Let, then, our christian friends of this order see to it, that they use the talent God has given them; let them distribute nobly, prayerfully, constantly, and by so doing, put to silence the ignorance of foolish

men, and show to all that religion is an operative principle ; that theirs is not a dead faith, but one that walketh by love, and purifies the heart. Bristol, April 8, 1840.



( To the Editor.) Rev. Sir,-A volume of MS. Sermons and Expositions in the handwriting of Mrs. Sarah Savage, eldest daughter of the Rev. Philip Henry, having lately come into my hands, I have selected the following, preached by him at the Presbyterian Chapel, Crook Lane, Chester, as a first contribution from it to your useful publication. I shall in a short time send you his “ last Exposition in the family the last morning of his life, June 23, 1696.”

G. L Wrexham, March 9, 1840.

The Heads of a Sermon preached by my dear Father at Chester, the last time of his being there, viz. July 28, 1695. He died June, 1696.

Epist. to Philemon the last verse, " The grace of our Lord Jesus Christ be with your spirit, Amen."

This is an epistle written to a particular friend of Paul's about a secular concern, and it consists of two grand petitions or requests.

1. To Philemon on the behalf of Onesimus.

2. To God on the behalf of Philemon. Doctr. That the choicest gift we can ask of God for our friends is, that the grace of our Lord Jesus Christ may be with their spirits.

And if it be so desirable for our friends, it must of necessity be so for ourselves.

Shew I. What is meant by grace. Grace signifies, 1. The good-will of God towards us. 2. The good work of God in us-called grace for two reasons :

1. Because it is the free gift of God.

2. Because it makes us gracious. Now there are several parts of grace.

1. Habitual grace. 2. Actual grace. 3. Aiding and assisting grace. 4. Crowning, persevering grace. Shew II. Why is it called the grace of our Lord Jesus.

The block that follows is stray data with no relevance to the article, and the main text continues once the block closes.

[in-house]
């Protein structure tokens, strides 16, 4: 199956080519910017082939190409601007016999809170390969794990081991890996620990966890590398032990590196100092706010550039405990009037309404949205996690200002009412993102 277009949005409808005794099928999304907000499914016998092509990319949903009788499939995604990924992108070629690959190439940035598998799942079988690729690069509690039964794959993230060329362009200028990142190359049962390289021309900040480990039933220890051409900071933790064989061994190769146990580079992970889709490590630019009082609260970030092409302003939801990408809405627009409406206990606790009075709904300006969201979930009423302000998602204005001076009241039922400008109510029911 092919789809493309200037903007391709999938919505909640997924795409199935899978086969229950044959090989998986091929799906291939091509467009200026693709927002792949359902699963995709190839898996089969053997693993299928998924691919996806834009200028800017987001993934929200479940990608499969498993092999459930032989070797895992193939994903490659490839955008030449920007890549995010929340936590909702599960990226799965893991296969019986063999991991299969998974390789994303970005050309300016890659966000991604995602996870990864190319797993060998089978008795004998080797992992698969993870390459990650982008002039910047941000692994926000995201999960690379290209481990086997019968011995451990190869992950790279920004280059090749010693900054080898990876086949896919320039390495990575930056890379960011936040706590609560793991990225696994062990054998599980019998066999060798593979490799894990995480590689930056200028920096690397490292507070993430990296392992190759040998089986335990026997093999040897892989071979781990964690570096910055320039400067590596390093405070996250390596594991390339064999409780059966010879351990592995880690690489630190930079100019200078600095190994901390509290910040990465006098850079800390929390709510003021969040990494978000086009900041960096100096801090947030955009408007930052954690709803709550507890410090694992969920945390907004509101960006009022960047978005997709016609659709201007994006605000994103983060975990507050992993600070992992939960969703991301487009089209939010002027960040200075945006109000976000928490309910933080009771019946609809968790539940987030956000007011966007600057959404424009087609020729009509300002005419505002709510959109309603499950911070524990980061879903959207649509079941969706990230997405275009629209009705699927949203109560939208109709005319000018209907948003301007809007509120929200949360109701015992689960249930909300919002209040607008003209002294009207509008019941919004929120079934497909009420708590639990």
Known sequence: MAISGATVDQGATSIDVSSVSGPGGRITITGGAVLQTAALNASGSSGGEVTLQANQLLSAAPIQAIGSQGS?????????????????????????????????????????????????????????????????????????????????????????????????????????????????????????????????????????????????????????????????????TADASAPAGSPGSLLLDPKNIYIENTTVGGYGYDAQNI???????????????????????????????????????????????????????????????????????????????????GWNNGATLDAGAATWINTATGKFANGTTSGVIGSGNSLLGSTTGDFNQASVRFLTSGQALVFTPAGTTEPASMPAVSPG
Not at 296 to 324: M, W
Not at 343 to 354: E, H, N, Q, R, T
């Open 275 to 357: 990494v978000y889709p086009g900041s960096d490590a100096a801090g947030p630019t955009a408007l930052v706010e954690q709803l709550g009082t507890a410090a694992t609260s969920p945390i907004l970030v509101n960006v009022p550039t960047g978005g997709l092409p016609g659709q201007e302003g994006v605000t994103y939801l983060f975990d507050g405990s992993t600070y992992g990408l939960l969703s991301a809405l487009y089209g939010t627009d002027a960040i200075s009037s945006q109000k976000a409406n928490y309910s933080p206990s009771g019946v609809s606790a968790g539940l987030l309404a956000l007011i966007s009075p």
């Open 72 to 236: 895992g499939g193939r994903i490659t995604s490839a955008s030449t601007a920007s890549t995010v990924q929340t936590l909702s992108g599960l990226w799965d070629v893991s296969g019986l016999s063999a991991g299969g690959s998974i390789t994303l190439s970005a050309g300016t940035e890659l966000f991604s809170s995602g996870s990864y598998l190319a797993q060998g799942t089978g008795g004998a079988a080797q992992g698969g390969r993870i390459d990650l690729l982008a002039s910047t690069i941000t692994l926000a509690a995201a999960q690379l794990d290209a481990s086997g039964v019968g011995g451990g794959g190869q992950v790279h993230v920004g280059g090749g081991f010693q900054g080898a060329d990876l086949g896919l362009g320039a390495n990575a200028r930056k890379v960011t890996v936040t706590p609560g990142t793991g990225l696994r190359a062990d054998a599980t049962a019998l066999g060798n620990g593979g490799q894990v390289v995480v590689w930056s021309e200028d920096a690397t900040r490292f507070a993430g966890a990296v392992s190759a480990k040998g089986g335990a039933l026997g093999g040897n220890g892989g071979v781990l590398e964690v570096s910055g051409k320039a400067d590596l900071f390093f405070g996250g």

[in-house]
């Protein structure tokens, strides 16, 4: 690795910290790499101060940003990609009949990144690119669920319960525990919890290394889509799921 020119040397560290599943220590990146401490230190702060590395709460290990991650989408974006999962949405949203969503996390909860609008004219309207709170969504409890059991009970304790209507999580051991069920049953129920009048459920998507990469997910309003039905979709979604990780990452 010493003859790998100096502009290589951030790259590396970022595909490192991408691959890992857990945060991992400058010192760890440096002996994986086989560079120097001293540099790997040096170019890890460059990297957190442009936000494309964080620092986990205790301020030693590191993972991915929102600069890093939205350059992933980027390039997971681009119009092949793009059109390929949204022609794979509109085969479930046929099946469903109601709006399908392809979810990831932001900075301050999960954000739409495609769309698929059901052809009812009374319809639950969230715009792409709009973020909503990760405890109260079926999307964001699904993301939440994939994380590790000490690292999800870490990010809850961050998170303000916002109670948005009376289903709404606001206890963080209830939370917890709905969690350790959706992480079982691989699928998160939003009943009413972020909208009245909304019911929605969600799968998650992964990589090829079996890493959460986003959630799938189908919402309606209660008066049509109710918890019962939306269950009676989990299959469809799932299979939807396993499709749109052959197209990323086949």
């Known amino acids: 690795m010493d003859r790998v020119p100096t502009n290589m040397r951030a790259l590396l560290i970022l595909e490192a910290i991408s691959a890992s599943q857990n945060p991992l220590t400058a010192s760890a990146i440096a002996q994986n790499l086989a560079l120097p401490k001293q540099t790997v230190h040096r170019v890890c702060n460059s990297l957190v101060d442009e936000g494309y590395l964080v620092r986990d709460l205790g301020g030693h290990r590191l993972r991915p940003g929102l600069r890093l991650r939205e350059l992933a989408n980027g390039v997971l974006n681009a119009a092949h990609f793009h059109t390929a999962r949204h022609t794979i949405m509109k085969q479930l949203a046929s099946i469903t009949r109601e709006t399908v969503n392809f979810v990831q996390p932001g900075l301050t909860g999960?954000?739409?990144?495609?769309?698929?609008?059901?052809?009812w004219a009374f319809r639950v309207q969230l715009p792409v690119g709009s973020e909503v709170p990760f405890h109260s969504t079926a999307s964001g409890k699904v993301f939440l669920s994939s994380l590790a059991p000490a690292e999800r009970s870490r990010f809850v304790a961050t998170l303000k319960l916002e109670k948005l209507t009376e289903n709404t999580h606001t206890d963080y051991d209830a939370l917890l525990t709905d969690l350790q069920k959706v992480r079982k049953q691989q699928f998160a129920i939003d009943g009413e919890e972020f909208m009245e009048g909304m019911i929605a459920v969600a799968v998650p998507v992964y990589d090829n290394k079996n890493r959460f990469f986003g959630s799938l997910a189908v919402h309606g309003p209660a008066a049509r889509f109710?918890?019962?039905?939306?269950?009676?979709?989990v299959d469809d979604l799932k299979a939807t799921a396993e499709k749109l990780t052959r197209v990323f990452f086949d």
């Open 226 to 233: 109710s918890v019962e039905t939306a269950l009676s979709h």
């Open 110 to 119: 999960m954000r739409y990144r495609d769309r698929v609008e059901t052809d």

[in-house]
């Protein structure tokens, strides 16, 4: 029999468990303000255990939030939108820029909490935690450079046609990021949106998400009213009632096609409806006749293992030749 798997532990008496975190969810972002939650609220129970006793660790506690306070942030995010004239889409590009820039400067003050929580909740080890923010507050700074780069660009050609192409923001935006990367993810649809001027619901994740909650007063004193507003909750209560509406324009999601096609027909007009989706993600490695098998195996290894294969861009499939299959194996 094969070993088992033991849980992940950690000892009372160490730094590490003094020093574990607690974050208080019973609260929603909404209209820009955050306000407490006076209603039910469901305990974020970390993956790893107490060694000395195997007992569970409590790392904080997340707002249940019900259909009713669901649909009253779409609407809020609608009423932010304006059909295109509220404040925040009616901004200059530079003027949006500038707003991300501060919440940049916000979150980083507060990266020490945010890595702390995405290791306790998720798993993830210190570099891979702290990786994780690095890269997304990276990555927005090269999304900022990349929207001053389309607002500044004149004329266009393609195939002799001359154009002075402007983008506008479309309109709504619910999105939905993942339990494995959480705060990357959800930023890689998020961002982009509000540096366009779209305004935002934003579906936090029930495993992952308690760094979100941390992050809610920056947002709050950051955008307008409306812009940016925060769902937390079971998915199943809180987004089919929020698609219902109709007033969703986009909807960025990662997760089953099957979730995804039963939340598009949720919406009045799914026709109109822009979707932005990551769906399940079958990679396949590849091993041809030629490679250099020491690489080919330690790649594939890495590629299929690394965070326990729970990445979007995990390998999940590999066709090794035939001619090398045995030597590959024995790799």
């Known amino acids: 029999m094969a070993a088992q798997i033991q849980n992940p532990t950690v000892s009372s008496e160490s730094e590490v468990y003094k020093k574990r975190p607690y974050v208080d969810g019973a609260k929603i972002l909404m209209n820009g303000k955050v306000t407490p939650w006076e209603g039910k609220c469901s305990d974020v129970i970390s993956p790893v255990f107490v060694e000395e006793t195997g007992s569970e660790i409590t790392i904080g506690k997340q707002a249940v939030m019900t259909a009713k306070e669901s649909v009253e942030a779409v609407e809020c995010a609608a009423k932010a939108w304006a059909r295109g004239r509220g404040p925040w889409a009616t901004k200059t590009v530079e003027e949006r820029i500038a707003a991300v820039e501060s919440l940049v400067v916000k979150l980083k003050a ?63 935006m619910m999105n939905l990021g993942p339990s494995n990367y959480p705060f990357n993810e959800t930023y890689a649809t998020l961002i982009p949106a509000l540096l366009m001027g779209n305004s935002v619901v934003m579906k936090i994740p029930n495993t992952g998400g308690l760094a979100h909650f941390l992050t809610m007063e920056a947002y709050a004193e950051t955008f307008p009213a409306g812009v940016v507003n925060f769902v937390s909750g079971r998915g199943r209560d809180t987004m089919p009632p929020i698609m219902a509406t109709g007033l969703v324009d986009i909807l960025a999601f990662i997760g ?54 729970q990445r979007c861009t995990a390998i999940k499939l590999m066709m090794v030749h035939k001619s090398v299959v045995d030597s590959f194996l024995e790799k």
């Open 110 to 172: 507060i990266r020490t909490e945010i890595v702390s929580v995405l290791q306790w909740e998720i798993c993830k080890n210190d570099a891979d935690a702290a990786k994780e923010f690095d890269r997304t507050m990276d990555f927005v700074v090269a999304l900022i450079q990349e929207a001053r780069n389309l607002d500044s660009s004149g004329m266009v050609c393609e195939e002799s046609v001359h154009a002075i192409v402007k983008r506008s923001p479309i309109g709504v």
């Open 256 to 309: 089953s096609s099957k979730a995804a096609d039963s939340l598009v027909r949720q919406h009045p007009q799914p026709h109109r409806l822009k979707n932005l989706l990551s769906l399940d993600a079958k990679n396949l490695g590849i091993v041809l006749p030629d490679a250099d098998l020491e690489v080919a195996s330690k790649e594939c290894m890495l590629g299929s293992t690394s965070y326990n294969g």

1. Because he is the author and finisher of it.

2. He is the pattern and sampler of it. Shew III. What is meant by the spirit, with thy spirit, either the bumane soul, or the upper regions of y' soul, or it is sometimes put for the temper and disposition of the man.

I shall shew in eight scriptural expressions that grace is a choice gift.

1, It is the one thing needful. Luke x. 42.
2. It is the better part that shall never be taken away.
3. It is the root of the matter. Job xix, 28.
4. It is the principal thing, Prov. iv, vii. 5.
5. It is the whole of man. Ecclcs. xii. last.

6. It is the blessing indeed. 1 Cbron. x. 7. O that thou wouldst bless me indeed.

7. It is the more excellent way. 1 Cor. xii. last.
8. It is the thing that accompanies salvation. Heb. x. 9.

Then I am to prove that the grace of our Lord Jesus Christ is the choicest of all gifts.

1. From the choice companions that do accompany it. See 2 Cor. xiii. last. The love of God and the communion of the Holy Ghost are joined with it.

Psal. xxxiv. 10. Grace and glory.

2. From the choice influences which it hath on the spirit wherever it is.

1. It doth enlighten and enliven the spirit.
2. It doth mollify and mortify the spirit.
3. It will purify and preserve it.
4. Greaten and govern the spirit.

5. The grace of Christ does sweeten and strengthen the spirit. 3. Consider what is with our spirit, if the grace of our Lord Jesns Christ be not.

Q. What is the spirit of a man or a woman like, if it be without the grace of Christ?

1. Like a field without a fence, or a fool without understanding.

2. Like a horse and mule without bit or bridle, or like a house without furniture.

3. Like a ship without tackling, anchor, rudder, or pilot.
4. Like a cloud without rain, or a carcase without a soul.
5. Like a tree without fruit, or a traveller without a guide.
Just such a thing is the soul without grace.

You may further see in two scriptures the misery of those who want the grace of our Lord Jesus Christ. Eph. ii. 12.-1. He is without Christ.

2. An alien to the commonwealth of Israel.
3. A stranger to the covenant of promise.
4. He is without hope.

5. Without God in the world.
Rev. ii. 17.-1. Wretched, and wants supply.

2. Miserable, and wants comfort.
3. Poor, and wants riches.
4. Blind, and wants sight.

5. Naked, and wants clothing. Thus you have a description of that man who wants Jesus Christ and his grace, which is the choicest of all gifts.

Use 1. Hence conclude a graceless condition is a miserable condition.